As I can’t make it to Springfield this weekend, I thought it would be a good idea to pay tribute on Dishin & Swishin to the woman that deserved this honor several years ago.  With the help of Aaron Juarez, Stanford SID extraordinaire, we put together one of the infamous Dishin & Swishin roundtables.  When Aaron and I put out the information on what we were doing, the response was amazing, as former players lined up to pay homage to a coach/mentor/friend that means so much to them all.

Participants are:

Jennifer Azzi
Angela Taylor
Kate Paye
Vanessa Nygaard
Candice Wiggins
Jayne Appel
Jeanette Pohlen
Melanie Murphy

http://www.hoopfeed.com/ content/2011/08/11/dishin- swishin-august-11-2011- podcast-3-part-2-a-tribute-to- tara-vanderveer/

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that the tourney is over *sigh*? ’cause their web page doesn’t reflect that…

Anyhoo, it’s WNBA draft time. Lib fans are still wondering whether Whiz is going to make any off-season moves (other than signing Spencer. Huh?)

Did have a Lib dream though. We were in the new arena which, for some reason, meant I had to lay down on the top of a partition to catch a glimpse of the court. (That seemed like a design flaw.) The good news was that Kayla Pederson was playing for us and on fiyah. The bad news was we were beating Sacramento. So, I’m wondering if I was transferring — you know, “Sacramento” is New York and we’re getting killed….

Clearly, it’s between seasons and draft time is nigh. Hope you’ve checked out Swish Appeal’s pre-draft analysis:

Kayla Pedersen & Jeanette Pohlen – “I Can’t Say Enough Positive Things About Them” (for an answer, perhaps, to my dream)

WNBA Draft 2011 Prospect Capsule: Elizabeth Cambage – “A Work in Progress, But She’s Definitely One Of The Most Exciting Prospects in Australian Women’s Basketball”

WNBA Draft 2011 Shooting Guard Prospect Rankings: Where Jeanette Pohlen Might Fit Best As A Pro

They’ve got a Consensus First Round Mock Draft list, too.

Compare and contrast with Draft Site’s mock draft and the WNBA’s Frank Della Femina’s try.

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is here.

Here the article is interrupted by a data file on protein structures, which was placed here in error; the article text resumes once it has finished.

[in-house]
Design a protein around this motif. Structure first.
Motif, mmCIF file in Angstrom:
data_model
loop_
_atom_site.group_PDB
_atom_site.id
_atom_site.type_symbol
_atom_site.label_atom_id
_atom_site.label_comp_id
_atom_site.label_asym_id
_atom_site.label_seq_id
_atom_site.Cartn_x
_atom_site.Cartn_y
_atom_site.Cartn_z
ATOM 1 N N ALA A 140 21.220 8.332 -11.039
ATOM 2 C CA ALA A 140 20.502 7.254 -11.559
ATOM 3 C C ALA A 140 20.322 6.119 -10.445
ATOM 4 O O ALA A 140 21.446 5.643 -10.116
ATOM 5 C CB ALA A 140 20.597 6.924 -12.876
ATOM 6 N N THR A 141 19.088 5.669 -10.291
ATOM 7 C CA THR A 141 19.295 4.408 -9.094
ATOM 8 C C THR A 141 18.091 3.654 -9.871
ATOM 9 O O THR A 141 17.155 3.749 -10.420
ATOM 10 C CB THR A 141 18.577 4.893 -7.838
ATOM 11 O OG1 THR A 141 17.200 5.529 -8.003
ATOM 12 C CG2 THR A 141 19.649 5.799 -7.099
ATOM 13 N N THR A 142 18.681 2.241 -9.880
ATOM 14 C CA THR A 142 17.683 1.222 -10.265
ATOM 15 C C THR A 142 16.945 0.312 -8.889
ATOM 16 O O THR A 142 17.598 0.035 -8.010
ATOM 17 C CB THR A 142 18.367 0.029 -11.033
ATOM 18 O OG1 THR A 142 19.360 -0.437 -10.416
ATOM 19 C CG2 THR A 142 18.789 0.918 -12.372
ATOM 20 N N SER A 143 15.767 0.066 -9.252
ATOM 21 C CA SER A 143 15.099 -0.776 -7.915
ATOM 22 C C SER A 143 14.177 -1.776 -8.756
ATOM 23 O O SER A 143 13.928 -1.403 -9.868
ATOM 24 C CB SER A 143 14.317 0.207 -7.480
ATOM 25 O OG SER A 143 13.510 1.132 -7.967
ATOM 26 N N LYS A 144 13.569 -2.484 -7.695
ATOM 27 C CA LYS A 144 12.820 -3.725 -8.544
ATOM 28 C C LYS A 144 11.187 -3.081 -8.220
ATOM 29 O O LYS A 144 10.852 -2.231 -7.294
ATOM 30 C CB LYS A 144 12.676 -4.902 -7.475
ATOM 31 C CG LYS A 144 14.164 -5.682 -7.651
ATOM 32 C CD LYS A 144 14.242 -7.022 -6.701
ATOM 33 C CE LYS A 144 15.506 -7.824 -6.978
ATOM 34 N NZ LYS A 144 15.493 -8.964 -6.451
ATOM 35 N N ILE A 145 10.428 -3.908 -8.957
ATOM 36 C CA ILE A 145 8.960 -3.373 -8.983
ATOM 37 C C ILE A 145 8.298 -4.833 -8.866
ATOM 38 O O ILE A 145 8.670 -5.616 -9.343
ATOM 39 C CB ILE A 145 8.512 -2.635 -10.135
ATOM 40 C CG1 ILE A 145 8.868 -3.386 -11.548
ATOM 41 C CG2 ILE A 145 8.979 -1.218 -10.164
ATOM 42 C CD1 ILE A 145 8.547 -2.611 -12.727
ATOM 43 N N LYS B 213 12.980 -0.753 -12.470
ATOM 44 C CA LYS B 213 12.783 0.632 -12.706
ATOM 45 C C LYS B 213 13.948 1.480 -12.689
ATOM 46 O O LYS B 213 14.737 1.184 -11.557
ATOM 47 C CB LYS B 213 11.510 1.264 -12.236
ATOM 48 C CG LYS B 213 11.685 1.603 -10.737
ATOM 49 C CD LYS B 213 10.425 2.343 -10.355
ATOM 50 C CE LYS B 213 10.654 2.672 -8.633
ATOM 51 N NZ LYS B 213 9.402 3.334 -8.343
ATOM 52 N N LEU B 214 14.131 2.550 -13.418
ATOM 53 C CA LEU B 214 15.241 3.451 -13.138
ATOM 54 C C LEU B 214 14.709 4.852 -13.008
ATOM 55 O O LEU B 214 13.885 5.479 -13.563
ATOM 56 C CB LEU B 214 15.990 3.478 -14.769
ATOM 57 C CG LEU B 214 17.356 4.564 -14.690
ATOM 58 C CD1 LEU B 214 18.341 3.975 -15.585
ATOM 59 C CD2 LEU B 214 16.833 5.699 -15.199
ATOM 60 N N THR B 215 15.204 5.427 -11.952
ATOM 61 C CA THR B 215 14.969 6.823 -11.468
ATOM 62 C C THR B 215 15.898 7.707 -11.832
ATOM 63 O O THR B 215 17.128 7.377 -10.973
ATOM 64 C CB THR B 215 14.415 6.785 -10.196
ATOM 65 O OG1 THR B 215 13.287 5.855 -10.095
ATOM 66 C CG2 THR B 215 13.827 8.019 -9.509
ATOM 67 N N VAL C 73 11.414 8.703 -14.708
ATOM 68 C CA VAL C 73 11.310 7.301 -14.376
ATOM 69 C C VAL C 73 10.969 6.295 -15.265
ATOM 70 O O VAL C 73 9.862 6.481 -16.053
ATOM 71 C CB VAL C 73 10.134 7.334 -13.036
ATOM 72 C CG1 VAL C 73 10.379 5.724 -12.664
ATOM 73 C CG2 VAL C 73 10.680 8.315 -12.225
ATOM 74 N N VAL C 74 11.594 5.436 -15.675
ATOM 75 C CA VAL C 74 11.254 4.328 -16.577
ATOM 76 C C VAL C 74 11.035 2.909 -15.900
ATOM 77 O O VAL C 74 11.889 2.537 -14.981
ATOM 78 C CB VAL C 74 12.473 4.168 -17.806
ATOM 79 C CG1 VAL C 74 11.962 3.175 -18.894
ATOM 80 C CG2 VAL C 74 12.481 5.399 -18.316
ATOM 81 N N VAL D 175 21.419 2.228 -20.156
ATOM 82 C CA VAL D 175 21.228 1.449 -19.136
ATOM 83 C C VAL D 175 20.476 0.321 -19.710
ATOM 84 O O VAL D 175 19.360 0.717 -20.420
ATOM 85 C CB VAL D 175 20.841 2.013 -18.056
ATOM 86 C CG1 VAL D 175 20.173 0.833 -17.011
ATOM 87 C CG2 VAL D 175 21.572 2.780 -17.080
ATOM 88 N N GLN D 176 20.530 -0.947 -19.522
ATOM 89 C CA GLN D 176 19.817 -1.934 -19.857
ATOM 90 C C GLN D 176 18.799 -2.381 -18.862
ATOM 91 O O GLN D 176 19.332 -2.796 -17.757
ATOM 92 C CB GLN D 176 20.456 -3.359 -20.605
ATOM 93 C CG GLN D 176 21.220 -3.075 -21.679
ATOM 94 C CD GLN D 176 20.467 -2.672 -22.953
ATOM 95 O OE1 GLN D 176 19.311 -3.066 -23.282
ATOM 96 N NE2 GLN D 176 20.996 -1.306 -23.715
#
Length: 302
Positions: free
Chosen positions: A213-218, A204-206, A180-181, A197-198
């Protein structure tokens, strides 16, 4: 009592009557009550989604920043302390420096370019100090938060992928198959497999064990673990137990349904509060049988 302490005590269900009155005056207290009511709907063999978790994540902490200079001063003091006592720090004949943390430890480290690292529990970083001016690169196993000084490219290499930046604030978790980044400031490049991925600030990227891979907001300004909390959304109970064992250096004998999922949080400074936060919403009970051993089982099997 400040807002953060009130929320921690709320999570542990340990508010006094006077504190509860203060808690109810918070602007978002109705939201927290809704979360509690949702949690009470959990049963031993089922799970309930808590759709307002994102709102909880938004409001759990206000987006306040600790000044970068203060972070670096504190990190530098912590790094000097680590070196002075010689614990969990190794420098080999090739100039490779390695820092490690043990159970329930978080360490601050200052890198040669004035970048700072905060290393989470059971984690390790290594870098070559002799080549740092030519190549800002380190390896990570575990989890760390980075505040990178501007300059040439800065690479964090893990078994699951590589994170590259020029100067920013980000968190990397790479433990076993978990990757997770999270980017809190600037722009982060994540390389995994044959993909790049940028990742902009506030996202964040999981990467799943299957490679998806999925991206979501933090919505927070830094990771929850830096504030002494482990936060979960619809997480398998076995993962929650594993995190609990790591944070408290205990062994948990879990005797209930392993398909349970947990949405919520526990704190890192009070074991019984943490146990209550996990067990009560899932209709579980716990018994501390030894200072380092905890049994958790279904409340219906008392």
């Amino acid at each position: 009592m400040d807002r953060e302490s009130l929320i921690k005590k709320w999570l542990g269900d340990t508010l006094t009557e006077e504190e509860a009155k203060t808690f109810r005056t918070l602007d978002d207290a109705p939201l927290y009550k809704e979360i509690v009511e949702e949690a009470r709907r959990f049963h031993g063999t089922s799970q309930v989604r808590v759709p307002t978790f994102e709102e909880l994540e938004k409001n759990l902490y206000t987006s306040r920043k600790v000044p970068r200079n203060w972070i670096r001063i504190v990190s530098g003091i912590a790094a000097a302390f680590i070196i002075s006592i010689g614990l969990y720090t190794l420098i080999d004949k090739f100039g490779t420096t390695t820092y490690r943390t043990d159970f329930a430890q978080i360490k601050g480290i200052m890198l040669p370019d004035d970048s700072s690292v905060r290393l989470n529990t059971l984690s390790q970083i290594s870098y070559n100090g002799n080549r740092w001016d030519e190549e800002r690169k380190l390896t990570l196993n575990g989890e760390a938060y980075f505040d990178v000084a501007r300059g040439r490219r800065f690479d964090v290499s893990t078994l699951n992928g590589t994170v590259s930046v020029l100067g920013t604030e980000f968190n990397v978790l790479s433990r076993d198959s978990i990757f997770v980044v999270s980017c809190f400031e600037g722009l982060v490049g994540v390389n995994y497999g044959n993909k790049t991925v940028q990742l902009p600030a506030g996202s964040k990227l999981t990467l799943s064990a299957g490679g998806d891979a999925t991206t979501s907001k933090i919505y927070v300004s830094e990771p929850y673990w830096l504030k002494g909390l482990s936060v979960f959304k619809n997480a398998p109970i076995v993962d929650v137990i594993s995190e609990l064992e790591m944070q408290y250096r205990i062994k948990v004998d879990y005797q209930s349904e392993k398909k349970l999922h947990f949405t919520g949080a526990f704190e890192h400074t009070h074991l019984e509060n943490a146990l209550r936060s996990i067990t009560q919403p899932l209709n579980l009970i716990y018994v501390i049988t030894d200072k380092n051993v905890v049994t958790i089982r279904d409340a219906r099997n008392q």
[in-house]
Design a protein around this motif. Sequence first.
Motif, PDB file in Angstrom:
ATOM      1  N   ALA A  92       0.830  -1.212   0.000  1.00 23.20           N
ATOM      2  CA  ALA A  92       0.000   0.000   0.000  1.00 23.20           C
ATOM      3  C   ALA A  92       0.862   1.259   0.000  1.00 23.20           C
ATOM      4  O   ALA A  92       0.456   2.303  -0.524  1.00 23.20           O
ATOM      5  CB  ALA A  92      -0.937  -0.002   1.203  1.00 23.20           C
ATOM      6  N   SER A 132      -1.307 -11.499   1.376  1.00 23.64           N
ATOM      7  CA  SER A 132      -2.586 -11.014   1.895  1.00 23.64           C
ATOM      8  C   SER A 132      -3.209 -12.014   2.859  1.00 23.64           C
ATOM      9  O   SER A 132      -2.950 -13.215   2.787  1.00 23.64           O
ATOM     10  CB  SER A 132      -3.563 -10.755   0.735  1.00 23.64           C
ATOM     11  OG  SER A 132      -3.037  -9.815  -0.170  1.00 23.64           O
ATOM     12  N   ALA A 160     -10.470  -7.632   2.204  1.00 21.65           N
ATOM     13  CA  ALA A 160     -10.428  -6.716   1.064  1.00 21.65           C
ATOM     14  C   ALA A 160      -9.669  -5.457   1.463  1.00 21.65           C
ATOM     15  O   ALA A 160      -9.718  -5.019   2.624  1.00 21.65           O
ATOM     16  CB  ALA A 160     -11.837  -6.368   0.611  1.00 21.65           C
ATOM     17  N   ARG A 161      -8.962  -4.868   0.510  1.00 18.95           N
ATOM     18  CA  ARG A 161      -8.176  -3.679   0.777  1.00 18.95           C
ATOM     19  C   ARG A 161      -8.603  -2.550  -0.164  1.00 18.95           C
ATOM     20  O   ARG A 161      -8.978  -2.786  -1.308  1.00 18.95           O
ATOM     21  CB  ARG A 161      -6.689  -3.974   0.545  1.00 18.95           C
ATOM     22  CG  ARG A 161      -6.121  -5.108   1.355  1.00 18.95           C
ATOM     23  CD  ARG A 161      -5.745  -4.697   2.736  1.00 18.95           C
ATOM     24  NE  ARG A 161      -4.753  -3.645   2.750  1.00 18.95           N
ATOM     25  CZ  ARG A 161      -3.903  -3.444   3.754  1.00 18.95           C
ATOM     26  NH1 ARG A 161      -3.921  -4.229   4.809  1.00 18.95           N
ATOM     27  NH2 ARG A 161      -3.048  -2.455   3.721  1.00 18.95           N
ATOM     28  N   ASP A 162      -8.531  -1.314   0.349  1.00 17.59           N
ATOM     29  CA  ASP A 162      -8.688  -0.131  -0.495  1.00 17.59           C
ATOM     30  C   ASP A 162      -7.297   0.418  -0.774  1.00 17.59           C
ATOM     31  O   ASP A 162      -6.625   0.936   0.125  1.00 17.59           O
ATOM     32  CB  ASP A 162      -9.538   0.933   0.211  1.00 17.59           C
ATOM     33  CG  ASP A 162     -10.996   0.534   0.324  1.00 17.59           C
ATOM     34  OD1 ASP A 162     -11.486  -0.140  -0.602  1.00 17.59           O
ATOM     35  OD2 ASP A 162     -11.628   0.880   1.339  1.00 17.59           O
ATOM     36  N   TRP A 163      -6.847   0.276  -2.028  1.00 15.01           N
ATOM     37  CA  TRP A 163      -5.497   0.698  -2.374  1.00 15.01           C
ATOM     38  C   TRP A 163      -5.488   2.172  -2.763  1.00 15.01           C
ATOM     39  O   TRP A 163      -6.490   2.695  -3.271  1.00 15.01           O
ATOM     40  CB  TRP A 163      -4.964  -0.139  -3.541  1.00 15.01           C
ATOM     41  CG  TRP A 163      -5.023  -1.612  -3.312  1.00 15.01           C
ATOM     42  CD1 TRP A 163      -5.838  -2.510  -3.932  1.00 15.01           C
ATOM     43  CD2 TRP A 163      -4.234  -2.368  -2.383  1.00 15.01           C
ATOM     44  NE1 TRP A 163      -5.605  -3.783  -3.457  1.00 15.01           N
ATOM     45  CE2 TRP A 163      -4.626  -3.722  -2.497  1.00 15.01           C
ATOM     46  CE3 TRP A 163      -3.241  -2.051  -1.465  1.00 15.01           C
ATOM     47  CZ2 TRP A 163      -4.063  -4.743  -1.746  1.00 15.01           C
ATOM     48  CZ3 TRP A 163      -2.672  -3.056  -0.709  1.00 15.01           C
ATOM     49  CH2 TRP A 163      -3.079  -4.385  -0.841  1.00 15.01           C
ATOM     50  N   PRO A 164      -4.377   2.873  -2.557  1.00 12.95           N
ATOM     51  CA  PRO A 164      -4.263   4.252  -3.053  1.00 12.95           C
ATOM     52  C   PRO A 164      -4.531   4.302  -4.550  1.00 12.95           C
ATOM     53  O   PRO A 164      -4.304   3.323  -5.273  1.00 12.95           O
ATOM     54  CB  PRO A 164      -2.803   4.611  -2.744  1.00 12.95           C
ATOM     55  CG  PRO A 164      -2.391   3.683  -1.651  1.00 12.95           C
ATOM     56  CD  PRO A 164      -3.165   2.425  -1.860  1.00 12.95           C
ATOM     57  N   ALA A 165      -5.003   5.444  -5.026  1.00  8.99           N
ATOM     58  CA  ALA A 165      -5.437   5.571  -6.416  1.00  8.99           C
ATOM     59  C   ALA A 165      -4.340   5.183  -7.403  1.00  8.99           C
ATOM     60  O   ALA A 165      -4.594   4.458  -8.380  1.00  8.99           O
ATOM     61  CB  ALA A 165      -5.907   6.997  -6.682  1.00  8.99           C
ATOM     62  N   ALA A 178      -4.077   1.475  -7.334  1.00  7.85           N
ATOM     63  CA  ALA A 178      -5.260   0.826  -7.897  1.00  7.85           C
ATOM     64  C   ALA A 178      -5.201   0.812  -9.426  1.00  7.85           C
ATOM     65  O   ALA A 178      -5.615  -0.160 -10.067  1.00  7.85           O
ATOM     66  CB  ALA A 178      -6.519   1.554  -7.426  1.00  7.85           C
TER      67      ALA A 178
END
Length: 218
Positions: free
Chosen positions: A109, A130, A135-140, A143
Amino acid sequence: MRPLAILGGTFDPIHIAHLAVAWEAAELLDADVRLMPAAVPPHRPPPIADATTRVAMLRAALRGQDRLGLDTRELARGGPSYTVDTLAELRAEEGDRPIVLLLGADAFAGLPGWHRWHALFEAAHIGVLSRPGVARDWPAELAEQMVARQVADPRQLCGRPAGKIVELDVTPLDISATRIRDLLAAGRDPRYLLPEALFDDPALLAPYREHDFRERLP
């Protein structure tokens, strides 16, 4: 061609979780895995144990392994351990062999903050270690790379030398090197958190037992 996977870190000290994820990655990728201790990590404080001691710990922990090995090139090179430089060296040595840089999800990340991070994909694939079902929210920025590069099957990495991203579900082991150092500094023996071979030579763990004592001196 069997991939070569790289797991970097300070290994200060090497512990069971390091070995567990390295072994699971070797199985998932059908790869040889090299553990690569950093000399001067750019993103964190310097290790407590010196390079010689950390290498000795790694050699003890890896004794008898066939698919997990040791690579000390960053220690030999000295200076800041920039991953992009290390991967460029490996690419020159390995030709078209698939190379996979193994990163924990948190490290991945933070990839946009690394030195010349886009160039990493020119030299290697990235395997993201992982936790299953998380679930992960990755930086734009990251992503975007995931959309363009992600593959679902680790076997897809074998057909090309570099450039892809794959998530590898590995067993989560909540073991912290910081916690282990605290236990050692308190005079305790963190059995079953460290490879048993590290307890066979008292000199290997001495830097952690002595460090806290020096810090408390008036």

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Point guards lead the way in Sweet 16

We may be living in the year of the quarterback, but March will always be the month of the point guard.

When the Sweet 16 gets under way on Saturday afternoon, some of the biggest stars on the court will be the smallest players on the court. From eight standout seniors looking to play at least one more game to four freshmen who appear ready to battle for bragging rights for years to come, the weekend’s most intriguing subplots may come from duels between players who do considerably more than merely bring the ball up the floor.

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That was the sound of Jeanette Pholen aka the Stanford Cardinal saying “No mas.

A great win for the Tara and crew, in front of a packed house and on national television, reminding everyone that it ain’t all about the UConn’s national blue. Lots of great writing on the game:

From John Reid: Pohlen’s Wiggins-esque performance puts kibosh on UConn streak

The final rebound fittingly ended up in Jeanette Pohlen’s hands. It had to be Pohlen, the senior guard who personally wrecked visiting UConn with a career-high 31 points, nine rebounds and six assists, playing all 40 minutes.

In one of the greatest women’s basketball games ever played at Maples Pavilion, the Cardinal defeated the Huskies 71-59 Thursday evening in front of 7,329 mostly red-clad fanatics. Stanford’s victory halted the Huskies’ record win streak at 90 games and the 6-foot terror, Pohlen, had an awful lot to do with it.

Really? The LA Times borrows CT’s John Altavilla? Really? Stanford ends Connecticut’s winning streak at 90

Connecticut Coach Geno Auriemma has said that winning 90 consecutive games was exciting. But it wasn’t so enthralling that he ever believed the Huskies were invincible.

Once the streak got rolling Nov. 16, 2008, against Georgia Tech, it just kept going, taking on a life of its own, picking up steam, two national championships and two undefeated seasons on its way to Maples Pavilion.

From the San Fransisco Chronicle’s Ron Kroichick: 90 and done – Cardinal end Huskies’ record winning streak

Finally, after 90 games and more than 32 months of non-stop winning, top-ranked Connecticut lost Thursday night. Jeanette Pohlen scored 31 points as Stanford jumped ahead early and rolled merrily away to win 71-59 before a raucous capacity crowd at Maples Pavilion.
From Elliott Almond at the Santa Cruz Sentinel: Stanford ends Connecticut’s 90-game winning streak

Like the last time it lost — 82-73 in the NCAA semifinals in Tampa, Fla. — Connecticut seemed overwhelmed by coach Tara VanDerveer’s methodical triangle offense.